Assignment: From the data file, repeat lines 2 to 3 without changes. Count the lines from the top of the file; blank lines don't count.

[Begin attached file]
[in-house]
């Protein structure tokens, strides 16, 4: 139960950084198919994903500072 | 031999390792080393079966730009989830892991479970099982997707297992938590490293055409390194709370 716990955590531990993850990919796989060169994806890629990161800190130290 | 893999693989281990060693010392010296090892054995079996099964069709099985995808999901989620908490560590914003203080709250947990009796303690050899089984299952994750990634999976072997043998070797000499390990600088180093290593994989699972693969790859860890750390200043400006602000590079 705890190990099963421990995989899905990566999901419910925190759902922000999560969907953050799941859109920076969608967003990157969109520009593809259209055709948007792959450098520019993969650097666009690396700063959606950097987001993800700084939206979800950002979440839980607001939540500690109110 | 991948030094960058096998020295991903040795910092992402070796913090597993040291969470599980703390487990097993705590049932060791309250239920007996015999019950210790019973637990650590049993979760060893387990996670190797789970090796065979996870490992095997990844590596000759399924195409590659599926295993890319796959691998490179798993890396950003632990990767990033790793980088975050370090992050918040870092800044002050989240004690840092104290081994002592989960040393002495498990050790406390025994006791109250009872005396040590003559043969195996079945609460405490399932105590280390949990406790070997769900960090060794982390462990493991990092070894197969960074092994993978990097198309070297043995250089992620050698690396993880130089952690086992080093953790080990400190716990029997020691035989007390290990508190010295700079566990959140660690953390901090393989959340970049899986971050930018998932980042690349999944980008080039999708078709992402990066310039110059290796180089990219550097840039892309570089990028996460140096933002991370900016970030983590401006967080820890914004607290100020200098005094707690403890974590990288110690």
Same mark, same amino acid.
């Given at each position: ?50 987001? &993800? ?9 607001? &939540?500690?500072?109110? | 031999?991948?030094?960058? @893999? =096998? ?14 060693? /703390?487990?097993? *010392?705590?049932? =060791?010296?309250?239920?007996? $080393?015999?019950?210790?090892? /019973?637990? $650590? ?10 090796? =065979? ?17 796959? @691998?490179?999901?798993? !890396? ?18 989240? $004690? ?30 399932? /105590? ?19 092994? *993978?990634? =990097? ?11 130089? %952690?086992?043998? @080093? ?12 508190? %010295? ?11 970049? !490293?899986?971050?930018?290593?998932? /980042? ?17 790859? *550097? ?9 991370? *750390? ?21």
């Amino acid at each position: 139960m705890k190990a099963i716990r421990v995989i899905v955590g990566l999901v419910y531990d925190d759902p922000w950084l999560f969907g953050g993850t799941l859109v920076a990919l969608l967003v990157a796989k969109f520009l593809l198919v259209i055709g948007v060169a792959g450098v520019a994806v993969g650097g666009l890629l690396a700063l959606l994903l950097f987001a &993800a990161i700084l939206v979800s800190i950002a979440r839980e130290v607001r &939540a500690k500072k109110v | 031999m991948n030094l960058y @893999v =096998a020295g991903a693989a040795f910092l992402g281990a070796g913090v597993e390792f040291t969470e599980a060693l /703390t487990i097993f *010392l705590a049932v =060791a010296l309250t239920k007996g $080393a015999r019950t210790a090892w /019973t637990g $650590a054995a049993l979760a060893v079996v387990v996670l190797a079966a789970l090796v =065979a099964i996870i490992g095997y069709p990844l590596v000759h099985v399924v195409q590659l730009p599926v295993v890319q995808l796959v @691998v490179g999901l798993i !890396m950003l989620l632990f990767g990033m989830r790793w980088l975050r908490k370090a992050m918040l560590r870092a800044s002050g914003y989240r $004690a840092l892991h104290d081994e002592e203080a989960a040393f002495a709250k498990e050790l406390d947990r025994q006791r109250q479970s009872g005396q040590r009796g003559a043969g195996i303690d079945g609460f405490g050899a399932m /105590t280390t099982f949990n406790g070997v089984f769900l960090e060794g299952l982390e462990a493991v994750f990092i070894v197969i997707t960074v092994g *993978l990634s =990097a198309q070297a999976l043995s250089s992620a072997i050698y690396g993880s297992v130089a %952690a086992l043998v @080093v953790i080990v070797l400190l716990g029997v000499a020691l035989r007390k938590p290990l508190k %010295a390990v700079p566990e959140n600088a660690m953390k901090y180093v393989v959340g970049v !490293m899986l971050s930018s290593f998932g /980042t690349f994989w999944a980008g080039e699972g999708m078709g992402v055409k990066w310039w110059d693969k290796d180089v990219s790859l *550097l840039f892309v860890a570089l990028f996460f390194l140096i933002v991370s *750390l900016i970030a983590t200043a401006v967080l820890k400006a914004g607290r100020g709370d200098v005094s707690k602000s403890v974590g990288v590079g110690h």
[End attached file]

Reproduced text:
């Protein structure tokens, strides 16, 4: 139960950084198919994903500072 | 031999390792080393079966730009989830892991479970099982997707297992938590490293055409390194709370 716990955590531990993850990919796989060169994806890629990161800190130290 | 893999693989281990060693010392010296090892054995079996099964069709099985995808999901989620908490560590914003203080709250947990009796303690050899089984299952994750990634999976072997043998070797000499390990600088180093290593994989699972693969790859860890750390200043400006602000590079 705890190990099963421990995989899905990566999901419910925190759902922000999560969907953050799941859109920076969608967003990157969109520009593809259209055709948007792959450098520019993969650097666009690396700063959606950097987001993800700084939206979800950002979440839980607001939540500690109110 | 991948030094960058096998020295991903040795910092992402070796913090597993040291969470599980703390487990097993705590049932060791309250239920007996015999019950210790019973637990650590049993979760060893387990996670190797789970090796065979996870490992095997990844590596000759399924195409590659599926295993890319796959691998490179798993890396950003632990990767990033790793980088975050370090992050918040870092800044002050989240004690840092104290081994002592989960040393002495498990050790406390025994006791109250009872005396040590003559043969195996079945609460405490399932105590280390949990406790070997769900960090060794982390462990493991990092070894197969960074092994993978990097198309070297043995250089992620050698690396993880130089952690086992080093953790080990400190716990029997020691035989007390290990508190010295700079566990959140660690953390901090393989959340970049899986971050930018998932980042690349999944980008080039999708078709992402990066310039110059290796180089990219550097840039892309570089990028996460140096933002991370900016970030983590401006967080820890914004607290100020200098005094707690403890974590990288110690």
Same mark, same amino acid.